Does it? I'll check that out. That being said, I just want to have all of NESN. I want access to the random weekly stuff too. I'm also speaking to NBC Sports Boston. Why can't I watch the folks in studio talk about the game instead of some bozo doing somersaults at halftime?
 

Petagine in a Bottle

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Does it? I'll check that out. That being said, I just want to have all of NESN. I want access to the random weekly stuff too.
If the RSN bubble bursts, I can’t imagine they would produce much other than the live game and maybe a pre and post.
 

Preacher

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Does it? I'll check that out. That being said, I just want to have all of NESN. I want access to the random weekly stuff too. I'm also speaking to NBC Sports Boston. Why can't I watch the folks in studio talk about the game instead of some bozo doing somersaults at halftime?
Full time NESN probably just means a lot of Charlie Moore when sports aren’t on. That’s just my guess. I also don’t have NESN.
 

Max Power

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Does it? I'll check that out. That being said, I just want to have all of NESN. I want access to the random weekly stuff too. I'm also speaking to NBC Sports Boston. Why can't I watch the folks in studio talk about the game instead of some bozo doing somersaults at halftime?
Do you have to be in New England to subscribe to NESN 360? That gives you the live channel all the time.
 

smokin joe wood

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Streaming and out-of-market league-wide deals are one thing... MLB's audience is older and hyper local, these teams need to find a way to distribute their games locally and over the air. Outside of the NFL, streaming-only/OTT-only platforms have not been viable. I would expect deals to be discussed with local affiliates and channels like the CW in a lot of markets.
 

Philip Jeff Frye

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Streaming and out-of-market league-wide deals are one thing... MLB's audience is older and hyper local, these teams need to find a way to distribute their games locally and over the air. Outside of the NFL, streaming-only/OTT-only platforms have not been viable. I would expect deals to be discussed with local affiliates and channels like the CW in a lot of markets.
It would be kind of funny to see things come full circle with local broadcast games returning to local broadcast TV channels after all this time. I miss WSBK!
 

cornwalls@6

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I just got whacked with a 14.00/month increase from FUBO, all for RSN fees. Largely, if I understand it correctly, for RSNs outside of New England. I'm now at 90.00/month, when I started with them at around 60.00/per when I dumped YoutubeTV for them a couple of years ago. Don't know the business well enough to know to what degree the failures of these RSNs is driving the increase, but I'm sick of their shit. Investigating any avenues to be able to stream ESPN, FS1, Turner, and the network affiliates, and then combine that with the NESN streaming app. And see if comes in any cheaper than what I am now paying FUBO. Couldn't really care less about NBCSports Boston.
 

j-man

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I just want a way. ANY way. To watch NESN out of area. Not just the games. But the pre game. The post game. The halftime shows as appropriate. Does this get me any closer to that? prob not but can hope.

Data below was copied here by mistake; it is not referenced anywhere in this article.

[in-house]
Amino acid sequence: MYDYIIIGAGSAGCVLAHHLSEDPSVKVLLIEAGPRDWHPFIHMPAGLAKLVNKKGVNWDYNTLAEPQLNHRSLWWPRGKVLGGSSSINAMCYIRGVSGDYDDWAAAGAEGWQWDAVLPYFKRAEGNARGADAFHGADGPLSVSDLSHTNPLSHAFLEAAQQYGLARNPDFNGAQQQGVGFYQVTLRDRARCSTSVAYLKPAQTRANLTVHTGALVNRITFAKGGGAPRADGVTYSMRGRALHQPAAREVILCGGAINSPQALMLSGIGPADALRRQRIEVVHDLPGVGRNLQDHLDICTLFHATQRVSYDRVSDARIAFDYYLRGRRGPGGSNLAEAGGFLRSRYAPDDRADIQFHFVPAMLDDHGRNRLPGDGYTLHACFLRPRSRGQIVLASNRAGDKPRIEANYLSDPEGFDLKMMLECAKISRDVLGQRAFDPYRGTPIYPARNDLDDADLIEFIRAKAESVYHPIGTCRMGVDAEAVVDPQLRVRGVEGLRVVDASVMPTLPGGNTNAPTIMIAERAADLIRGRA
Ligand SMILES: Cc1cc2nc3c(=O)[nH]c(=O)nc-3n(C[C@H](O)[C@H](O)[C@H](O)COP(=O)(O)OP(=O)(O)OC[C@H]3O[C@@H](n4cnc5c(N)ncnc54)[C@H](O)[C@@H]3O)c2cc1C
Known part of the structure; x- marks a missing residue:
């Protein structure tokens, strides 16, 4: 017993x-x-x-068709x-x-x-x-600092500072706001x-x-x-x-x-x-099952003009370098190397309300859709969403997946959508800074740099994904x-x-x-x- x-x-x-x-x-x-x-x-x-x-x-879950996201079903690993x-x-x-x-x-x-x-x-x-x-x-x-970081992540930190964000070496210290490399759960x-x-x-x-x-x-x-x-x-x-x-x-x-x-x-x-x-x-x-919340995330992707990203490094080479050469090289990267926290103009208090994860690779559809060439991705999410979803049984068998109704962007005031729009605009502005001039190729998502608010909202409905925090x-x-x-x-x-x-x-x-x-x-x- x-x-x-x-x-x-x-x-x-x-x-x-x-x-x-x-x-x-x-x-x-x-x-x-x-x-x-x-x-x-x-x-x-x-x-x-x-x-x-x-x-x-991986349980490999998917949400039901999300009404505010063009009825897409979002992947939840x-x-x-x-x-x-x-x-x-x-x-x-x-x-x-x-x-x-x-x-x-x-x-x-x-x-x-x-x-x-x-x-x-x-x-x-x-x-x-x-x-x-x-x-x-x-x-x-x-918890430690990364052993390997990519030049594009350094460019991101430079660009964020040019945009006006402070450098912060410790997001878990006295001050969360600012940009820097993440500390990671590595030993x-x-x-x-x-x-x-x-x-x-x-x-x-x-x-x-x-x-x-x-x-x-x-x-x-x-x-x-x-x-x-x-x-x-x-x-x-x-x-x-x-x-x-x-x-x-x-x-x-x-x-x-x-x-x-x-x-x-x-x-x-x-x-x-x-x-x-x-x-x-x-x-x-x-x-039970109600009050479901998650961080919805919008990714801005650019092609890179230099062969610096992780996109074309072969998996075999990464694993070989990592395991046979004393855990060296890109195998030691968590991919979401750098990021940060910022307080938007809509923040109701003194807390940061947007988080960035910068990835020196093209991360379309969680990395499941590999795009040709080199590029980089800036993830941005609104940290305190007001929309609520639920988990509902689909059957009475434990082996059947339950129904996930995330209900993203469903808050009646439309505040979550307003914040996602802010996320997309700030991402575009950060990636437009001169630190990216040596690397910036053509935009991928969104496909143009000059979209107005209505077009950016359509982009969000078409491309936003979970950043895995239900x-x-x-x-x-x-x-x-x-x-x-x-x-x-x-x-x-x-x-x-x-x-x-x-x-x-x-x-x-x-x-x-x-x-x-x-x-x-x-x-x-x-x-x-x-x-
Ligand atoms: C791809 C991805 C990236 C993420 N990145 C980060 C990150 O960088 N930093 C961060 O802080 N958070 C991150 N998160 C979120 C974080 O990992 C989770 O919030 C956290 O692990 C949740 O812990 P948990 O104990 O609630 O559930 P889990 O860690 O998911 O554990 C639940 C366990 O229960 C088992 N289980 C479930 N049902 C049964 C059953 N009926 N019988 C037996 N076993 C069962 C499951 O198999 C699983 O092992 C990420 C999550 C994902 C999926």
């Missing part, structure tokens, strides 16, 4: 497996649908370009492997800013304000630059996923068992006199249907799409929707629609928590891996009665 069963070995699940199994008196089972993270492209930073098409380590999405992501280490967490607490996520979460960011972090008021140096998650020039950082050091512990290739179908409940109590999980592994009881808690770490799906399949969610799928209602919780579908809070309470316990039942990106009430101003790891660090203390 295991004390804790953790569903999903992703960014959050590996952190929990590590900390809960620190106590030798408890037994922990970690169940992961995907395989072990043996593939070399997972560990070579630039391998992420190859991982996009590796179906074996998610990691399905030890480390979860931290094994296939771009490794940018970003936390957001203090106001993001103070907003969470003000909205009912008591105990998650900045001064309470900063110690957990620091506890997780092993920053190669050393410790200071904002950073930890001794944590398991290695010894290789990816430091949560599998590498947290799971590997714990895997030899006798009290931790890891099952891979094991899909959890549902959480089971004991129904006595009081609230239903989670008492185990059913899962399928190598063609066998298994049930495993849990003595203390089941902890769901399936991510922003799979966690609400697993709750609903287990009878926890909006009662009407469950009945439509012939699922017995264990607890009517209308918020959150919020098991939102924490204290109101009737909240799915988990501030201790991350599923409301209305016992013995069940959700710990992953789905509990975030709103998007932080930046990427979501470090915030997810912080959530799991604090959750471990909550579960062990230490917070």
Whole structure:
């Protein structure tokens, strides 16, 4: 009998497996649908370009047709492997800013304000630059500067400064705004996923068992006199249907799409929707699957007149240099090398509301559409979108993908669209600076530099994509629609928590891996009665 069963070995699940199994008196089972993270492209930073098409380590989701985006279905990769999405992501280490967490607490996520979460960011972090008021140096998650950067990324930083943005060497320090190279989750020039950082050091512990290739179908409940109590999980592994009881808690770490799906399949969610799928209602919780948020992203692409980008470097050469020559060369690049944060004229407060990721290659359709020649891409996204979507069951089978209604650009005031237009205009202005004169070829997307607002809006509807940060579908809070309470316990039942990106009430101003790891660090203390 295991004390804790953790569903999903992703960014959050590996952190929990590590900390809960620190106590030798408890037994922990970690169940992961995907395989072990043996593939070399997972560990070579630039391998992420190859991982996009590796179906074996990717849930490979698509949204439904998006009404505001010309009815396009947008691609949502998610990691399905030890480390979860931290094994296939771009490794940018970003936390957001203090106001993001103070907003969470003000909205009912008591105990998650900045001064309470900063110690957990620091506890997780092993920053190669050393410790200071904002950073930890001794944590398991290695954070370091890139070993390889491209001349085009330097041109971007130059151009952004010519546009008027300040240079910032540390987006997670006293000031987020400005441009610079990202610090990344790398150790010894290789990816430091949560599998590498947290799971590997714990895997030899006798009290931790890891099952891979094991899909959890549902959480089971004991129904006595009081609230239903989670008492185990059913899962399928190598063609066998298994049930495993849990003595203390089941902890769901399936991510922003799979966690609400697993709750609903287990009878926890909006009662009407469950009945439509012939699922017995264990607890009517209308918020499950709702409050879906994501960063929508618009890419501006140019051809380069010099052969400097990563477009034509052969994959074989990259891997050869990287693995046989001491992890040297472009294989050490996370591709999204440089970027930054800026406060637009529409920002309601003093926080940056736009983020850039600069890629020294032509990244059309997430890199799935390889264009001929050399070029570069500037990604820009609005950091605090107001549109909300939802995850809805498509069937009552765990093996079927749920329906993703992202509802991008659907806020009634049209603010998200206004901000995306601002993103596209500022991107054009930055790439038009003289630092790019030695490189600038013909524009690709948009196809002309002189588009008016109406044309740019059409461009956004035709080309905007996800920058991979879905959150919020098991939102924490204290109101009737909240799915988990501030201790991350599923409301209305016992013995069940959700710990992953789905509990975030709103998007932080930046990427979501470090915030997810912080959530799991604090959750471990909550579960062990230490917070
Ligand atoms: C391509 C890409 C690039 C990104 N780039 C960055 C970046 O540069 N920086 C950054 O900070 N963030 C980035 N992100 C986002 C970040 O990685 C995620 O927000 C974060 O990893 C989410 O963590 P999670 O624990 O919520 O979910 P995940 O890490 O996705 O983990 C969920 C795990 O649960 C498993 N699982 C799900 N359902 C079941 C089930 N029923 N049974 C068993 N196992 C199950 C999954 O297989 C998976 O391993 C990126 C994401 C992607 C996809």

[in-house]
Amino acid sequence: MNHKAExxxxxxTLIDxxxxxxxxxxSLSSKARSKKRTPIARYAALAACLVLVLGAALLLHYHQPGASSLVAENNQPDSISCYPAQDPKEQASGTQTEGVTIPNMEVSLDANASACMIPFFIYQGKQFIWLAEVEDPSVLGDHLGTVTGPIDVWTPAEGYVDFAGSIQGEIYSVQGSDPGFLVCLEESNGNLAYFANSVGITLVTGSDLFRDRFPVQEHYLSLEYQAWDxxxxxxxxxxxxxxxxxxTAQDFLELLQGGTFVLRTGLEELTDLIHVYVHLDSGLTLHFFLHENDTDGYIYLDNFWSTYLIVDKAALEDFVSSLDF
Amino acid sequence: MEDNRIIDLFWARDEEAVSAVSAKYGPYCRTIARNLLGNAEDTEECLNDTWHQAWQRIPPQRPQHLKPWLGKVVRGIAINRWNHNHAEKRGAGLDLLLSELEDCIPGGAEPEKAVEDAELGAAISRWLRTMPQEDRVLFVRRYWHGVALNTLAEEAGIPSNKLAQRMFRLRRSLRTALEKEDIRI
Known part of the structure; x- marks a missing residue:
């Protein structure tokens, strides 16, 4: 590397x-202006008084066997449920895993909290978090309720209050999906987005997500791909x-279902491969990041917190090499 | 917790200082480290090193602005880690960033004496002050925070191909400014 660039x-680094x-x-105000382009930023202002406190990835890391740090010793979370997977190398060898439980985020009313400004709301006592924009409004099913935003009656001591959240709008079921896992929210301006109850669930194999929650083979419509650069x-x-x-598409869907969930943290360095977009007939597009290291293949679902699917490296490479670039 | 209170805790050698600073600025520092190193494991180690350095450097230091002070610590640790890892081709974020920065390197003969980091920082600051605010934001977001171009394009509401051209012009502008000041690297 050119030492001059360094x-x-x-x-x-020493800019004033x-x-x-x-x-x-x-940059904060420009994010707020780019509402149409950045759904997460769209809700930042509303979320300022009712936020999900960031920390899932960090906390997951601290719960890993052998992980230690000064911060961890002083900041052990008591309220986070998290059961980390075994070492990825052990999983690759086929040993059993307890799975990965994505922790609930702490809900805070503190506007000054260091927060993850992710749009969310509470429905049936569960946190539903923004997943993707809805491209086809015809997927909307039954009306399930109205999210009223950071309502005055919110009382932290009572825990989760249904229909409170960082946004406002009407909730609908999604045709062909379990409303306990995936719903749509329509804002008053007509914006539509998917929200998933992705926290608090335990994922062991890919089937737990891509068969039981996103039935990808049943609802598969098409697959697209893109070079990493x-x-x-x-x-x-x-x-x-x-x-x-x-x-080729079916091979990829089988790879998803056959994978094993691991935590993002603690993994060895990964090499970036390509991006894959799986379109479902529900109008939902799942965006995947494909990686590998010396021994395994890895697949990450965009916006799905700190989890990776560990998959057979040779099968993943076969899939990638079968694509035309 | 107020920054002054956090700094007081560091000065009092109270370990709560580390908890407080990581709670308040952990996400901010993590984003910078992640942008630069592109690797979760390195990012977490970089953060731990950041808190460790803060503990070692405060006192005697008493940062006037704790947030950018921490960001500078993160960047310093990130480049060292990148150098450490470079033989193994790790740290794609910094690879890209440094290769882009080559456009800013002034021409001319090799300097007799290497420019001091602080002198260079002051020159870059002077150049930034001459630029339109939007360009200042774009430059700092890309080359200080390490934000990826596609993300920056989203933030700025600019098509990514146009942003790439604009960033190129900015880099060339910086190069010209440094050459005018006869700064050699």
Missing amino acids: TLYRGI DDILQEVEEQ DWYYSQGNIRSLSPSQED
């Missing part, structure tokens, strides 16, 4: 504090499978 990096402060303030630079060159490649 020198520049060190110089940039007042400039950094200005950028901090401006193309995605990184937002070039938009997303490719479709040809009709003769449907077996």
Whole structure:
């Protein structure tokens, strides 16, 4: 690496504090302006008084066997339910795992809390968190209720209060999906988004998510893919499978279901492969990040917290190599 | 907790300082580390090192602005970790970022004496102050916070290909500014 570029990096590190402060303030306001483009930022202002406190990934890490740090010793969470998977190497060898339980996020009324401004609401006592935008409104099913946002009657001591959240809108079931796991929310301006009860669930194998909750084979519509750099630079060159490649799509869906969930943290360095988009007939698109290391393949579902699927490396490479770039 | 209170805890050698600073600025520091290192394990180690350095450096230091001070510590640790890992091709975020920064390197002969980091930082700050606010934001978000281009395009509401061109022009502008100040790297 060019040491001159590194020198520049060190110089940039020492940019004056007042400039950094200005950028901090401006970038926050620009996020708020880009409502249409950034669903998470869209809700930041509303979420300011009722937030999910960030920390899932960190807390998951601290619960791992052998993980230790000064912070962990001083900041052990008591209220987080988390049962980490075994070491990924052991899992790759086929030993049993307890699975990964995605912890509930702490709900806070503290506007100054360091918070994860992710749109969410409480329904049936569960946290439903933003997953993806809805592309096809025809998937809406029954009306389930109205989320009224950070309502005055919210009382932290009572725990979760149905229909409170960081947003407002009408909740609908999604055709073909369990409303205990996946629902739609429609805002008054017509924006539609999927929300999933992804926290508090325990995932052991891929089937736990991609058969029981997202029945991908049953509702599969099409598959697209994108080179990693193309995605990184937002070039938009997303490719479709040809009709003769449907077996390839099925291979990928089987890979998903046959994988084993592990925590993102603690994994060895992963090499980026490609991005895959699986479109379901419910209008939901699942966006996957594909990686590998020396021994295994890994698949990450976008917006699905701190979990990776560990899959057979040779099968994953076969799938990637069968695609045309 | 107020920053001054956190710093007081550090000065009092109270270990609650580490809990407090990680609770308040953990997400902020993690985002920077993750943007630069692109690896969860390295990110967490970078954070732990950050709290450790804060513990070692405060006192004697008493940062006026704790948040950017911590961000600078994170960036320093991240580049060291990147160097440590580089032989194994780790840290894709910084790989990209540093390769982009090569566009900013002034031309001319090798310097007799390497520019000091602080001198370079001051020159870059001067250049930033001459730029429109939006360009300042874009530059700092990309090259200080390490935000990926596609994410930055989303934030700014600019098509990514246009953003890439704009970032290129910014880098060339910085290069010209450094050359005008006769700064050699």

get direct tv they have nesn i can see everything but live games
and nbc sports boston too
 

Tito's Pullover

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get direct tv they have nesn i can see everything but live games
and nbc sports boston too
I'd be happy to be proven wrong but among everything I've considered, DirecTV is the only single service with both NESN and NBC Boston - and I'm even in market. I moved to DTV when YouTube dropped NESN (the stream quality itself has also been a lot better). I still would love a cheaper option.
 

Cotillion

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Unless everyone that doesn't want to watch it is subsidizing it, the regional sports networks are not going to have cheaper options.
 

Mugsy's Jock

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It’s detrimental to all teams who have broadcast packages and one of the largest areas of ripping off consumers. There’s no reason why in 2023 everyone in New England who has cable should pay for NESN. It’s a legacy model and teams need to adjust. There’s a reason YouTube and others told them to pound sand and it’s not unique to the RSNs . The regional channel model seems to be going away. Can MLB survive without a significant income hit and have to rely on only the people that watch the product to pay for it? We will see.
Yes and no re: the bundle ripping off customers. Is it objectively obvious that it sucks for somebody with no interest in sports to have to pay $15/month to access NESN and ESPN? Sure… and it also sucks for someone with no interest in Viacom’s networks to have to pay about $10/month for those. Or someone without kids paying $6/month for Disney Channel. And while a fan of both sports and entertainment and news is probably delighted with the $12/month they’re paying for TBS/TNT/CNN, anyone who doesn’t love all three isnt happy. It sickens me I pay a few bucks a month to Fox News.

(Note - some of the pricing above is out of date, but you get the idea)

Except in the end, no one is getting ripped off. In sum, the bundle was, is, and will be a better deal for everyone than the individual parts. Because a lot of those cable products won’t continue to exist without the bundle, or if they do it’ll be at prices much higher than imagined.